With the ever-rising cost of rent, especially in cities, wise residents know that budgeting is their best friend. At the same time, single dwellers don’t want to compromise privacy by bringing others into the same room — and shouldn’t have to. Choosing to pay more in rent for a closer location may actually be more economically sound. People are realizing that time is money, and spending an hour commuting each way is a greater economic disadvantage than paying higher rent for a centrally located living space. Co-living offers a feasible solution to the sting of astronomical rent prices while holding onto the basic priorities that lead individuals to seek their own home in the first place. The sharing of certain spaces while having others remain private helps to keep costs down at no spatial sacrifice.

Seeking Lifestyle Similarities

One of the main reasons that those who live alone opt for this type of housing is because they are averse to clashing with others who do not align with themselves. People who live alone feel relieved that they aren’t “constantly being watched or judged by another person — you can truly be yourself both day and night.” In other words, single dwellers want to freely practice their own lifestyle without encountering the potential problems that come with an unsuccessful pairing. At the same time, the desire to connect with others and surround oneself with activity remains central. Luckily, co-living meets these needs by not only maintaining personal spaces but also offering a higher selectivity of candidates to ensure that residents not only fit one another but feel a continued sense of individual freedom as well.

Amenity Attraction

Single dwellers have different ideas of what’s important in a space; namely, it’s all about the location, internet connection, and aesthetic quality, to start. When co-living spaces spread the cost across all residents, each guest has access to services that would be too costly to afford on their own. Features like a gym, designated workspace, chef, and pre-planned events all become a part of the rental cost as opposed to unattainable externalities. Most modern professionals are looking to optimize their time and money spent, and a simple cost-breakdown proves that co-living gives them more bang for their buck. This Forbes article explains, stating that “they are willing to sacrifice space in their individual units as long as these options are available, and their apartment buildings also offer appealing co-working and co-living spaces ideally designed for socialization.”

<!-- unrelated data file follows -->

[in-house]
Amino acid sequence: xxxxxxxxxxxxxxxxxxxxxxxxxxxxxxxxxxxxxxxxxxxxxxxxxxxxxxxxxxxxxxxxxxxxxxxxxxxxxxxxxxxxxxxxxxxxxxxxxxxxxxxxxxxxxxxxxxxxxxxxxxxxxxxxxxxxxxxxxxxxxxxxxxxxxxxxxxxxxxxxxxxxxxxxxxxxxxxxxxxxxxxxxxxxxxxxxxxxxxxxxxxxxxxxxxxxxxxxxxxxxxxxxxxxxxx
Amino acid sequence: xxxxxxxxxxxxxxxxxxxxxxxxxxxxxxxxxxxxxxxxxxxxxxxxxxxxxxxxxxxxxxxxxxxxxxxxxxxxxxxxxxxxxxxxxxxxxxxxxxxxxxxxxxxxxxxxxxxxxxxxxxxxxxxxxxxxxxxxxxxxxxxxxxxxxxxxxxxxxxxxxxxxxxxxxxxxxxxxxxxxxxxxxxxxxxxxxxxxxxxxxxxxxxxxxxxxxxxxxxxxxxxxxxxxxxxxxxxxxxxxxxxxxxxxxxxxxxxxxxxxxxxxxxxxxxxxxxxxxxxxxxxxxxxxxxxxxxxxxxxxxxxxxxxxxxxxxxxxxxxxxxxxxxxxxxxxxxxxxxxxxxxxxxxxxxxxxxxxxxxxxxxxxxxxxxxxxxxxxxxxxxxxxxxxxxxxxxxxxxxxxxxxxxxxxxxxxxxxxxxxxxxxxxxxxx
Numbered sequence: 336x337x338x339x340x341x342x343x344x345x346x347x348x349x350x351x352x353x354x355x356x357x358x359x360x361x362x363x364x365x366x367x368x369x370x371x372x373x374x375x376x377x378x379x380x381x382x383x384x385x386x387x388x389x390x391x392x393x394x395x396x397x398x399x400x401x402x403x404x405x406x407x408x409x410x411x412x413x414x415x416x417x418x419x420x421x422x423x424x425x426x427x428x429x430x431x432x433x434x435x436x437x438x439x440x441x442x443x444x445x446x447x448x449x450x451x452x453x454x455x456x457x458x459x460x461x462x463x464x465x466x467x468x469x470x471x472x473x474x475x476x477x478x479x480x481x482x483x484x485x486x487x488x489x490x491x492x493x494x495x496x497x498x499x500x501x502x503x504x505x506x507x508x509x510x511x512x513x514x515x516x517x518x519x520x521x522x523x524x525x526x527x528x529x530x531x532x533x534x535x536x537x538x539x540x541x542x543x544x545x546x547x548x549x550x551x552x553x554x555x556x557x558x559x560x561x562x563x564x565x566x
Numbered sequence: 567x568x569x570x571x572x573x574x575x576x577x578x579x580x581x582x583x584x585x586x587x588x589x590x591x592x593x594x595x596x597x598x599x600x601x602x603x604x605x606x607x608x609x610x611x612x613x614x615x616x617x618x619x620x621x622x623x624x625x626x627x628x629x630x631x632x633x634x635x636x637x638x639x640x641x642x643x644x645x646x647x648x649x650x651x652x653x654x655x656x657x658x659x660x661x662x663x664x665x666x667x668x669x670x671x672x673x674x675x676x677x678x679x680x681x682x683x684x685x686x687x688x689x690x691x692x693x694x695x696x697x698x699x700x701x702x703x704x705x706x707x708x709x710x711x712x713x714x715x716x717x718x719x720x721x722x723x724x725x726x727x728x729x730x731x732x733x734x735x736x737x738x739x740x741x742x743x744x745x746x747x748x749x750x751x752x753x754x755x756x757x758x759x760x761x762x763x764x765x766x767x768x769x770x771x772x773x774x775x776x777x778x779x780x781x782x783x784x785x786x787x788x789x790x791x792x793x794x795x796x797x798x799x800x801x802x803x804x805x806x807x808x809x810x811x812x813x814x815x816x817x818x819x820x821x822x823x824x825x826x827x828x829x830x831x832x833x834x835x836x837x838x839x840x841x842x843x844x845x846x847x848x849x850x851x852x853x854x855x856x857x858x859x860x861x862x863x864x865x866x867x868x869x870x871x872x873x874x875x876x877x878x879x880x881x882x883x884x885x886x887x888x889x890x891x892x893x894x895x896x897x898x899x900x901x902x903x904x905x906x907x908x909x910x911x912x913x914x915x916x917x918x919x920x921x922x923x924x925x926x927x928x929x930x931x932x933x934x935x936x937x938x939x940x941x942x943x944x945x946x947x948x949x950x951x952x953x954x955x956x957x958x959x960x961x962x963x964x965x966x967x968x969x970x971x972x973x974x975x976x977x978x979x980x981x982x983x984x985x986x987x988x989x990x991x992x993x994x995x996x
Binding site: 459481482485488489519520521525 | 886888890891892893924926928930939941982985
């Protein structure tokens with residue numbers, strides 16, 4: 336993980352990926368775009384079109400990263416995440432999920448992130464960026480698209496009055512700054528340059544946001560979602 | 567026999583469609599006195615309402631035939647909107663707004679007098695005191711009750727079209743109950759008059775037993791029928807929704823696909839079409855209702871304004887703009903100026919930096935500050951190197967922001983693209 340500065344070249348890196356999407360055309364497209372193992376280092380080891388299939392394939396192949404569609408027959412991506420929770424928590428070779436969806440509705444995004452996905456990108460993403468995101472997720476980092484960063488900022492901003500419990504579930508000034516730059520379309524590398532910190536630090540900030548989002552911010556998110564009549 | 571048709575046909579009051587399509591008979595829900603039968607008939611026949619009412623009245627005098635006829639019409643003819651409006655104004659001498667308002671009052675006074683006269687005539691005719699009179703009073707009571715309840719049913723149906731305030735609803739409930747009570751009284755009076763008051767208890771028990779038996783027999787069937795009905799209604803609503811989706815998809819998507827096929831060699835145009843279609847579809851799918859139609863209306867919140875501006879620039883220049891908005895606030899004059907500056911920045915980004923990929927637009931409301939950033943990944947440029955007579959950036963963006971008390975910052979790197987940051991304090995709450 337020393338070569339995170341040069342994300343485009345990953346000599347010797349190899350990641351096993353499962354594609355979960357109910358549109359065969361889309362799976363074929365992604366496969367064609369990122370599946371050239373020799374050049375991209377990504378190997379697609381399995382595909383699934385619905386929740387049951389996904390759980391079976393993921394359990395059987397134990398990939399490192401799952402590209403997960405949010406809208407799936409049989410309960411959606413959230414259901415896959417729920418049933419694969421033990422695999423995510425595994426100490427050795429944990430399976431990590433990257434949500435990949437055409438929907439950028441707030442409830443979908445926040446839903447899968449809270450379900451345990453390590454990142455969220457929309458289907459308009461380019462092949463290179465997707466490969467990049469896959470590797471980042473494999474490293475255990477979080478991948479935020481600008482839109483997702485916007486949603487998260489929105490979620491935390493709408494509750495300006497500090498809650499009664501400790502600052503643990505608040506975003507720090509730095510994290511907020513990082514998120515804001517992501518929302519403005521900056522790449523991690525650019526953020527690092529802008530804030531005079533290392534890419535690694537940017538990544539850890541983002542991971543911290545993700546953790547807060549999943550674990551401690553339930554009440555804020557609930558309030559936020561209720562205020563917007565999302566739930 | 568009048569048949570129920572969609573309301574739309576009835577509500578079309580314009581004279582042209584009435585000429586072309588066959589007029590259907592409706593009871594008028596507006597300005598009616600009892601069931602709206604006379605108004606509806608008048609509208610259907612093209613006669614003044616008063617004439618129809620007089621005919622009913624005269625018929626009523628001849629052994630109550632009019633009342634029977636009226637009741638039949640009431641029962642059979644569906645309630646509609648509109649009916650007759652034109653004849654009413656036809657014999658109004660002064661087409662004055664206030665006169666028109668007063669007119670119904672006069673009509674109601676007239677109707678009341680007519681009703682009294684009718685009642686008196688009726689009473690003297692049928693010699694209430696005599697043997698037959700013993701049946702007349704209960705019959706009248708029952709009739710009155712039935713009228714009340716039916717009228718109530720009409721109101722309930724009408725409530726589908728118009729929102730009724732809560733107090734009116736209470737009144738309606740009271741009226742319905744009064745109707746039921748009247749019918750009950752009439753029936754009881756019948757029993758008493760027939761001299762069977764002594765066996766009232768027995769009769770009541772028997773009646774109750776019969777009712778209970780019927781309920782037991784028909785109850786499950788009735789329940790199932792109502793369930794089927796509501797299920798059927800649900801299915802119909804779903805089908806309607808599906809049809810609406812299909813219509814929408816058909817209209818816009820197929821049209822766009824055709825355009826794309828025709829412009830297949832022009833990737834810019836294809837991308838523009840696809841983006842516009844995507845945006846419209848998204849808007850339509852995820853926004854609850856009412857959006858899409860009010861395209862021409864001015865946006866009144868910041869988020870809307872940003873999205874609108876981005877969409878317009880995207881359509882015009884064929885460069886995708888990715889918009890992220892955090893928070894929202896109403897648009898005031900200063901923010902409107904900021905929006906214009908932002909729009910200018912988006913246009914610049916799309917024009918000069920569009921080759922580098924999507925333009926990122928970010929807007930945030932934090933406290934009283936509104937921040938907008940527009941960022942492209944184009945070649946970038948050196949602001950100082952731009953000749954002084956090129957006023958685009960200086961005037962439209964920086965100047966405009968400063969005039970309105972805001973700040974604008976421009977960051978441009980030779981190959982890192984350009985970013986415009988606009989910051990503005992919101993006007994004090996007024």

Clearly, single dwellers are onto something when it comes to what they find most important.

It just so happens that their guiding desires also fit perfectly into those of co-living as well. It will be no surprise that the future of cities and their valuable real estate takes a step into this modern direction. And it’s already happening: with the biggest investments into co-living to date, commercial development groups see the market potential and are rushing to get a piece of it. These long-term plays taking shape indicate that co-Living is not simply a rising fad but rather a complement to the modern technological world we live in. In order to meet this demand, the real estate industry can invest and partner with current ventures in the space; or better yet, open co-living spaces themselves.

Forbes agrees that “Co-living is a win for tenants, city governments, and landlords eager to reap the benefits of higher housing density, fewer commuters, more salary earners, and more rental income per square foot, among other things. It is generating new demand for remodelers and interior reconstruction firms. It could even help ease the impending U.S. caregiver deficit caused by a wave of retiring Boomers.” In other words, co-living is redefining more than just one corner of the market. Real estate leaders just need to decide which corner they want to enter.